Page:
Flanagan was head of RUC Special Branch in 1996 and RUC Chief Constable until 2002. He was made aware of the concerns about the running of agents in north Belfast, but it is claimed he took no action to remedy the situation.

How collusion was built into the system

The victims deserve justice

Turning a blind eye

MP: Flanagan’s position untenable

The hidden role of the SAS

State terrorism was used to uphold the Union

Thursday, January 25, 2007

British politicians remain silent despite revelations

Brian Feeney:

Here we go again. Another report of another inquiry years after the events took place. No prosecutions recommended or likely.

Chief constable, prime minister, current proconsul all throw up hands and say as one: "Nuffink to do with me, guv." All in the past. Couldn't happen now. Let's move on.

So far so predictable. At least there's one minor difference this time. The one lesson that's been learnt from previous reports like Stevens' in 2003, and it's a small mercy, is that politicians no longer automatically 'call for a public inquiry'.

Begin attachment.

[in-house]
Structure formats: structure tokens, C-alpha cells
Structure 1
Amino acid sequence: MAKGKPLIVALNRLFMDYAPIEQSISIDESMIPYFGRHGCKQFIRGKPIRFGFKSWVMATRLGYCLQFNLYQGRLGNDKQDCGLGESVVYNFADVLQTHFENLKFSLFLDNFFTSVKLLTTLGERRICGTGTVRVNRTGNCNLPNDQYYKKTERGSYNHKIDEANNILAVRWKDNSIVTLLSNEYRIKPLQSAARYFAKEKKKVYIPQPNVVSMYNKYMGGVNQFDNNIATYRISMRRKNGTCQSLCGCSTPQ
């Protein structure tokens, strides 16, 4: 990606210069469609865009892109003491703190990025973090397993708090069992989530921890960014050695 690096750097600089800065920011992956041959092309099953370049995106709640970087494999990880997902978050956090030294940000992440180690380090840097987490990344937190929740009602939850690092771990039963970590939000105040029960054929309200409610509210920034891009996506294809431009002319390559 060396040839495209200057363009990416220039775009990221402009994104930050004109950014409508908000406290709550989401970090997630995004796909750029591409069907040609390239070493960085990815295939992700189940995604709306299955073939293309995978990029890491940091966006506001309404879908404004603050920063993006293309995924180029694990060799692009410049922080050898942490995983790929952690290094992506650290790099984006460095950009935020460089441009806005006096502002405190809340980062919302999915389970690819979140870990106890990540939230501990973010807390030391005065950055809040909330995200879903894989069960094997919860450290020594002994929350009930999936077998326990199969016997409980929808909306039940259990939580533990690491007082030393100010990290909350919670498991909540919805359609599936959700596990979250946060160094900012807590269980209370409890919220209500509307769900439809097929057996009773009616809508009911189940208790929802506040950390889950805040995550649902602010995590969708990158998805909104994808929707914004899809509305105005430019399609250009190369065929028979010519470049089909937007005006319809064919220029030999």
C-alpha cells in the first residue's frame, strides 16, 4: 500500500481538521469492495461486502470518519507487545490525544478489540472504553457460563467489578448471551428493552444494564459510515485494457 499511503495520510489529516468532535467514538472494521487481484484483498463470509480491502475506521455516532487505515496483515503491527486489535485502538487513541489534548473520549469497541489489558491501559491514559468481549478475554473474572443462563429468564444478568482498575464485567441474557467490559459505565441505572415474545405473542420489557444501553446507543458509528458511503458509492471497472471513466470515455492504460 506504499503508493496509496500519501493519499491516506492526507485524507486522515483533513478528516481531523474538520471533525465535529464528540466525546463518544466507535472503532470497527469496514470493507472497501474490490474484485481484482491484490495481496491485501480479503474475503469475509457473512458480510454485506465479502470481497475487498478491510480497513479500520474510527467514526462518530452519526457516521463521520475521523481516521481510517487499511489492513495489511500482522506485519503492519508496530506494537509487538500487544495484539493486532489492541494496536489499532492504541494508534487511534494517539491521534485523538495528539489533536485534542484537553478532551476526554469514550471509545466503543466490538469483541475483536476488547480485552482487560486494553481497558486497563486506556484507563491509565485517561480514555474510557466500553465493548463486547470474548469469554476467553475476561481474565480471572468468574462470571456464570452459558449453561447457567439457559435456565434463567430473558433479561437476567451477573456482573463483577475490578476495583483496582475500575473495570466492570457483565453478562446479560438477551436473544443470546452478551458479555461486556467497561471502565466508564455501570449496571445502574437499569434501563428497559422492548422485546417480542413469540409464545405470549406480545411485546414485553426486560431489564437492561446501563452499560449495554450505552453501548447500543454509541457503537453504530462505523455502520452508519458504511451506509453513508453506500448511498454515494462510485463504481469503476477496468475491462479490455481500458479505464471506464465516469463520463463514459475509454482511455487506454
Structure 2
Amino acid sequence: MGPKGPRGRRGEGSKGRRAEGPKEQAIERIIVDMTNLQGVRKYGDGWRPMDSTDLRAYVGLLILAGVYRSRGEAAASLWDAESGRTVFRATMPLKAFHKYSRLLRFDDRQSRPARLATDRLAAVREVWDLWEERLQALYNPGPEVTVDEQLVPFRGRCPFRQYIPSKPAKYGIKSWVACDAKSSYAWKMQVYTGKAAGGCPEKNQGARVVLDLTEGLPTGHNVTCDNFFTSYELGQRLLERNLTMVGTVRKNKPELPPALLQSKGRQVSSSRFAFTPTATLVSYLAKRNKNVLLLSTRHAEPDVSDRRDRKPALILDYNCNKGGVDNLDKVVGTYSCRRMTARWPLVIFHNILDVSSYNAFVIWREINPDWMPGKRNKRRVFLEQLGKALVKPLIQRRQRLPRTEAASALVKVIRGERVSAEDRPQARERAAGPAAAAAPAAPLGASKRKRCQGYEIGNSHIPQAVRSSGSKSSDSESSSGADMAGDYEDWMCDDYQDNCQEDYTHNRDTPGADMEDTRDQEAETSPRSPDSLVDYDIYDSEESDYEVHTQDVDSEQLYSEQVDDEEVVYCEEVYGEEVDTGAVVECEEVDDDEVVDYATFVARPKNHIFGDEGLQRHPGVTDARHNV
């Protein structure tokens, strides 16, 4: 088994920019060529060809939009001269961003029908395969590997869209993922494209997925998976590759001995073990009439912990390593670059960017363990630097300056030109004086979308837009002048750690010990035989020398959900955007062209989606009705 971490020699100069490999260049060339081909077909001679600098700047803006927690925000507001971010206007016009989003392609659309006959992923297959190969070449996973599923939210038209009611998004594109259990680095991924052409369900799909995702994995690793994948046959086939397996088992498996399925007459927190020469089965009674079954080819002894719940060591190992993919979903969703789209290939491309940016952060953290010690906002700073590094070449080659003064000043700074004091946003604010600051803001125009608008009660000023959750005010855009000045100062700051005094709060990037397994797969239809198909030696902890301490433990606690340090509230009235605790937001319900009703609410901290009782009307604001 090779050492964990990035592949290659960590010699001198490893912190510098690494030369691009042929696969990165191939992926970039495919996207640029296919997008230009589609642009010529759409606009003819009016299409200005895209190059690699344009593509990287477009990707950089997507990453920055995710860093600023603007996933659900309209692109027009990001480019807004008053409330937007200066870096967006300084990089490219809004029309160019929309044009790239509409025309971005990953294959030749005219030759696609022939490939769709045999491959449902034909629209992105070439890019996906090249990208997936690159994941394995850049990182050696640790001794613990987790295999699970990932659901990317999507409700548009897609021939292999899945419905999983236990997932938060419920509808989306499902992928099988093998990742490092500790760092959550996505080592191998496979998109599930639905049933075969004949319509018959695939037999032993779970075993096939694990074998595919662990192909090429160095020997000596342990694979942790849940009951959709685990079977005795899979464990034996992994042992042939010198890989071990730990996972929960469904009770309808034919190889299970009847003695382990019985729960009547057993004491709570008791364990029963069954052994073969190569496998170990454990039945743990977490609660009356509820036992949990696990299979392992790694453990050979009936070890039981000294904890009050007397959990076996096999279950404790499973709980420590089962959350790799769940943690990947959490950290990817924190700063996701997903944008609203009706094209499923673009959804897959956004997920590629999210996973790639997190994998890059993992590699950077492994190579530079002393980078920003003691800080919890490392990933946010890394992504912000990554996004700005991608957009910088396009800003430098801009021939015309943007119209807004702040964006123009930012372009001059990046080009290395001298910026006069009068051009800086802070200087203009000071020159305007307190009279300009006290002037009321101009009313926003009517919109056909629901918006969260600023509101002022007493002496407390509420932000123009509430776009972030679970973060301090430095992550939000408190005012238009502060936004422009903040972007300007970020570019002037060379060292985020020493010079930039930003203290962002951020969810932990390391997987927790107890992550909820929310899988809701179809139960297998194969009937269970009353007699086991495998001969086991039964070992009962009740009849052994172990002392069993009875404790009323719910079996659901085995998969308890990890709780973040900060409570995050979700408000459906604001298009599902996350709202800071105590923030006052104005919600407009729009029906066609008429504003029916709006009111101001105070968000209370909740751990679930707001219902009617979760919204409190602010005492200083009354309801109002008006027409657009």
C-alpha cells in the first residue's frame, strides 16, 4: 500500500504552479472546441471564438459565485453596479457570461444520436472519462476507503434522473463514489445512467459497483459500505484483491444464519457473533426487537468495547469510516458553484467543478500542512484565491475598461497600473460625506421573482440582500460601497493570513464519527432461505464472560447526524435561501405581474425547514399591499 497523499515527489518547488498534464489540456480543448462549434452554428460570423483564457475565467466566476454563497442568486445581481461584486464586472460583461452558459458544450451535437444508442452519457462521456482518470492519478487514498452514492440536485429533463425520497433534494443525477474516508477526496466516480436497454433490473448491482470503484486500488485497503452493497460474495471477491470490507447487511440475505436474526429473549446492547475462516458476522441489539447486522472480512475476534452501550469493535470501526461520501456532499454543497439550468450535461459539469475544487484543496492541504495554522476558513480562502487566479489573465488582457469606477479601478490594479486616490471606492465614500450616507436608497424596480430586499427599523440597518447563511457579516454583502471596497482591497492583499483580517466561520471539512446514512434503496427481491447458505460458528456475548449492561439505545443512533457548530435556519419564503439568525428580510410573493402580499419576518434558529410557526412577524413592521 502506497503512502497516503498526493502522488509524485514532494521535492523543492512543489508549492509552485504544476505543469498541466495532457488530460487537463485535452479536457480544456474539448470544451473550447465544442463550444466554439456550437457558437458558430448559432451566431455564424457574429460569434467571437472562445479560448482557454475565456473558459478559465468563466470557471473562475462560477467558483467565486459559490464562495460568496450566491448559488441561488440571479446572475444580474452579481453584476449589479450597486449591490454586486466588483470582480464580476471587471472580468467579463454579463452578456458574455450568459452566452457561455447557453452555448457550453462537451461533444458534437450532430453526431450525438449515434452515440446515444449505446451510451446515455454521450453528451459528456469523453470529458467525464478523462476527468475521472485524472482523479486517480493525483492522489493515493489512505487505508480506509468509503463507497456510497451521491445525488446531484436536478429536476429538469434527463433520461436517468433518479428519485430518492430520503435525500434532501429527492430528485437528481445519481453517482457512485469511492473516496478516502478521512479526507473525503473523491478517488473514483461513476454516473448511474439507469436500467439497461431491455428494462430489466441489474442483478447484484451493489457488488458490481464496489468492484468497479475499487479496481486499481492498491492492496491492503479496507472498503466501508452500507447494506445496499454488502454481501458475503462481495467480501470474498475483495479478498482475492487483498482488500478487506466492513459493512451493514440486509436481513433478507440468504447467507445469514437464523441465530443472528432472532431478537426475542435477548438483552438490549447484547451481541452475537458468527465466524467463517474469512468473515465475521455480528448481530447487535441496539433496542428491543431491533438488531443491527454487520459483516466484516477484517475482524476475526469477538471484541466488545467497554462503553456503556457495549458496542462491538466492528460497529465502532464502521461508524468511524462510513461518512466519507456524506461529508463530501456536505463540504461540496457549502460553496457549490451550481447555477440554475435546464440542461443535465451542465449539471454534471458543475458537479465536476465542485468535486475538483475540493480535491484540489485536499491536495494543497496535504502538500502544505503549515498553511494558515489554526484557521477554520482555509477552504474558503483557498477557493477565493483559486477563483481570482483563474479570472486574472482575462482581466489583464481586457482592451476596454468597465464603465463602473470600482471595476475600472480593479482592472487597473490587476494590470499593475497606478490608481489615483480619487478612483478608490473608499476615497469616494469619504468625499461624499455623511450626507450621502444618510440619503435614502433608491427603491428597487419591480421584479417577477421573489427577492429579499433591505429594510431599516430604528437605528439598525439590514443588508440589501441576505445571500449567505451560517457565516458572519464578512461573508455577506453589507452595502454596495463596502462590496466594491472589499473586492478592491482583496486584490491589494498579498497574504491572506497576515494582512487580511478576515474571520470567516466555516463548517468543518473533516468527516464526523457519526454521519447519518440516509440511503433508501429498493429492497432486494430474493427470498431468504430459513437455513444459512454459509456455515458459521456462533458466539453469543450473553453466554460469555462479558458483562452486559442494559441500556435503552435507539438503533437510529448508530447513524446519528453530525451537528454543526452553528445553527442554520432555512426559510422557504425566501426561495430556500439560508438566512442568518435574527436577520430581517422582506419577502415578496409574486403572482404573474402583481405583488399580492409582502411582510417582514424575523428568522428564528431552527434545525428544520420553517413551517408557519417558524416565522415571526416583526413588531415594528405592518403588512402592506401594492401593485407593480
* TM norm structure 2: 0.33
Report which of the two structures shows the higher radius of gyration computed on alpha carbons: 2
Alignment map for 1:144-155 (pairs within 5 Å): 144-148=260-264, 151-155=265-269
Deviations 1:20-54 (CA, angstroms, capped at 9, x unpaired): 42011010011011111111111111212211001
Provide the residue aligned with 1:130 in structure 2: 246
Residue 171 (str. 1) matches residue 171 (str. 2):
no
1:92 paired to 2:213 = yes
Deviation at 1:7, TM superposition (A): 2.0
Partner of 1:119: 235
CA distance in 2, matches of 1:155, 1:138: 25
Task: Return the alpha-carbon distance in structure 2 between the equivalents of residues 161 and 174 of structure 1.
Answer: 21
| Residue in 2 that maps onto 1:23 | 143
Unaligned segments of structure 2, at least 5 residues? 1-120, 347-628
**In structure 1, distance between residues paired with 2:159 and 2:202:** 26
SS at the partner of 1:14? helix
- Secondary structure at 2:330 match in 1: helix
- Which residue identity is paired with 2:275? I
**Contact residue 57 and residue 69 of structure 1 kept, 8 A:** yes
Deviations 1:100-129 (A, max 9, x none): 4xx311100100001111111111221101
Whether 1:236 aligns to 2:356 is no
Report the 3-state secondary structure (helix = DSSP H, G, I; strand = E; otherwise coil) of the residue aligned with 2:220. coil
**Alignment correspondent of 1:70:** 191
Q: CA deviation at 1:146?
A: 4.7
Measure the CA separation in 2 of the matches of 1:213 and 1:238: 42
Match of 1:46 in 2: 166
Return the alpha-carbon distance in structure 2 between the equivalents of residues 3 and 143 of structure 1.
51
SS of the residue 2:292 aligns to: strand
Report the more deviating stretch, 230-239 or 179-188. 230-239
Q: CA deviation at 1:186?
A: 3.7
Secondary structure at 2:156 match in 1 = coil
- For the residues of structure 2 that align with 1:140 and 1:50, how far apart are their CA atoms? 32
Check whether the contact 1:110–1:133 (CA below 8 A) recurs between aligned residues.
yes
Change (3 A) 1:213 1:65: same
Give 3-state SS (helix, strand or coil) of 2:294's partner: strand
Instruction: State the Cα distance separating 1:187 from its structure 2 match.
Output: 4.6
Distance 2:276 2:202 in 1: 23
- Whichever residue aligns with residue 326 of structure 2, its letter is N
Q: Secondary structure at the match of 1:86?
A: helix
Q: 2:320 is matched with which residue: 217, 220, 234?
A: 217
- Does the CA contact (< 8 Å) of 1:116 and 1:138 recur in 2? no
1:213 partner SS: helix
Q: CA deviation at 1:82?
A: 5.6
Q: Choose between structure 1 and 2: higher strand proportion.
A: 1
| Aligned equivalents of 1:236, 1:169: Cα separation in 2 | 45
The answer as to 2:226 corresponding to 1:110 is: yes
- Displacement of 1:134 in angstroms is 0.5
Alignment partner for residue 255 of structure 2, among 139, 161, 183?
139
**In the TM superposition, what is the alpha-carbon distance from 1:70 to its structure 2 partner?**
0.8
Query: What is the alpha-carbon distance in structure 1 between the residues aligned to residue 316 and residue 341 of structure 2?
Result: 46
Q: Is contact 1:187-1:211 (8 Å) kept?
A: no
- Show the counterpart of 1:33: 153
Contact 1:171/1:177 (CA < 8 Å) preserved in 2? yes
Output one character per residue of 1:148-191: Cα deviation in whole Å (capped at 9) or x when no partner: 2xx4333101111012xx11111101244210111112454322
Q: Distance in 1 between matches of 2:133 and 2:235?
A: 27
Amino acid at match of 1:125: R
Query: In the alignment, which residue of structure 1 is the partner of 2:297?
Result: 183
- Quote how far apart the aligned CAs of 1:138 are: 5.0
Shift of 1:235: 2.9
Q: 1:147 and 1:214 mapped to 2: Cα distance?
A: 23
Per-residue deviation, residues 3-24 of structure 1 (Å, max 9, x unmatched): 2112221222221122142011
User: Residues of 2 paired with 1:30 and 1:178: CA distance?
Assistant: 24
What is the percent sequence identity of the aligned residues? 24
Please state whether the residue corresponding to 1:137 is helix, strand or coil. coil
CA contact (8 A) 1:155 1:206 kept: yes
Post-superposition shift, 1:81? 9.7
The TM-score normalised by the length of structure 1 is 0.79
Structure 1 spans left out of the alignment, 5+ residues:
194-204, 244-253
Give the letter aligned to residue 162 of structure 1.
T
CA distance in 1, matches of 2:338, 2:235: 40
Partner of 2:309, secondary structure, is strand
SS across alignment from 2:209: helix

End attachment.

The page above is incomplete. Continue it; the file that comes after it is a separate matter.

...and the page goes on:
The penny's dropped even with our local geniuses that it's pointless, first because the British government has acted shamelessly to prevent inquiries revealing awkward truths by introducing the 2005 Inquiries Act to wreck the powerful 1921 Tribunals of Inquiry (Evidence) Act.

Second, and more important, is the reason the British government emasculated the inquiry process.

They'll tell you it's because of the vast expense over the years of inquiries like the Saville Tribunal which if you laid them end to end would never reach a conclusion. Needless to say that reason is far from the truth.

Guys like Mark Haddock, coyly referred to as 'Informant 1' in the ombudsman's report, were up to their dirty work during the first five years of this Labour government's tenure of office and indeed for the first year of Hugh Orde's time as chief constable.